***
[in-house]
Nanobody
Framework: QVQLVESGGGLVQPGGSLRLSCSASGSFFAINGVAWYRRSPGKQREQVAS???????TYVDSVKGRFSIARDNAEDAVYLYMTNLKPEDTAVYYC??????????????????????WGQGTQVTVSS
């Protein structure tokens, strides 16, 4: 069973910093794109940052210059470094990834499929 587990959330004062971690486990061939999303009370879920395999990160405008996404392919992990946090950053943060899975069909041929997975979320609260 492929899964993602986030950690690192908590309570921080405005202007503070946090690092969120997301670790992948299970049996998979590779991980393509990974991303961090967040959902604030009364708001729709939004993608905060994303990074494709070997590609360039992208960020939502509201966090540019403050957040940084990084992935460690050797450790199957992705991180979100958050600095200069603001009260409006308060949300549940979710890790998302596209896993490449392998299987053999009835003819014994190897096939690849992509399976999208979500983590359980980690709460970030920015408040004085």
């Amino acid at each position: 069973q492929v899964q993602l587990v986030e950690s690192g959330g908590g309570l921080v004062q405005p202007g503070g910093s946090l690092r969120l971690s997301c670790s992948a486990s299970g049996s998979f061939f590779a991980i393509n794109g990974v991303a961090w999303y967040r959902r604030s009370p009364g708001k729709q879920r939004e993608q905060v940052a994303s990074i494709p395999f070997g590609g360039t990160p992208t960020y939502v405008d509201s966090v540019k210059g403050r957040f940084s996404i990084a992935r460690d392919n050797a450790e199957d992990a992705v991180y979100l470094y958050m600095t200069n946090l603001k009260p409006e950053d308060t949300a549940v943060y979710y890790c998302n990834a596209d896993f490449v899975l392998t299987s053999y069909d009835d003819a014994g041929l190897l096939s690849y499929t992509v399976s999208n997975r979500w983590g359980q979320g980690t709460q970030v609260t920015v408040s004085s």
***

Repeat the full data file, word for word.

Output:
[in-house]
Nanobody
Framework: QVQLVESGGGLVQPGGSLRLSCSASGSFFAINGVAWYRRSPGKQREQVAS???????TYVDSVKGRFSIARDNAEDAVYLYMTNLKPEDTAVYYC??????????????????????WGQGTQVTVSS
């Protein structure tokens, strides 16, 4: 069973910093794109940052210059470094990834499929 587990959330004062971690486990061939999303009370879920395999990160405008996404392919992990946090950053943060899975069909041929997975979320609260 492929899964993602986030950690690192908590309570921080405005202007503070946090690092969120997301670790992948299970049996998979590779991980393509990974991303961090967040959902604030009364708001729709939004993608905060994303990074494709070997590609360039992208960020939502509201966090540019403050957040940084990084992935460690050797450790199957992705991180979100958050600095200069603001009260409006308060949300549940979710890790998302596209896993490449392998299987053999009835003819014994190897096939690849992509399976999208979500983590359980980690709460970030920015408040004085």
């Amino acid at each position: 069973q492929v899964q993602l587990v986030e950690s690192g959330g908590g309570l921080v004062q405005p202007g503070g910093s946090l690092r969120l971690s997301c670790s992948a486990s299970g049996s998979f061939f590779a991980i393509n794109g990974v991303a961090w999303y967040r959902r604030s009370p009364g708001k729709q879920r939004e993608q905060v940052a994303s990074i494709p395999f070997g590609g360039t990160p992208t960020y939502v405008d509201s966090v540019k210059g403050r957040f940084s996404i990084a992935r460690d392919n050797a450790e199957d992990a992705v991180y979100l470094y958050m600095t200069n946090l603001k009260p409006e950053d308060t949300a549940v943060y979710y890790c998302n990834a596209d896993f490449v899975l392998t299987s053999y069909d009835d003819a014994g041929l190897l096939s690849y499929t992509v399976s999208n997975r979500w983590g359980q979320g980690t709460q970030v609260t920015v408040s004085s």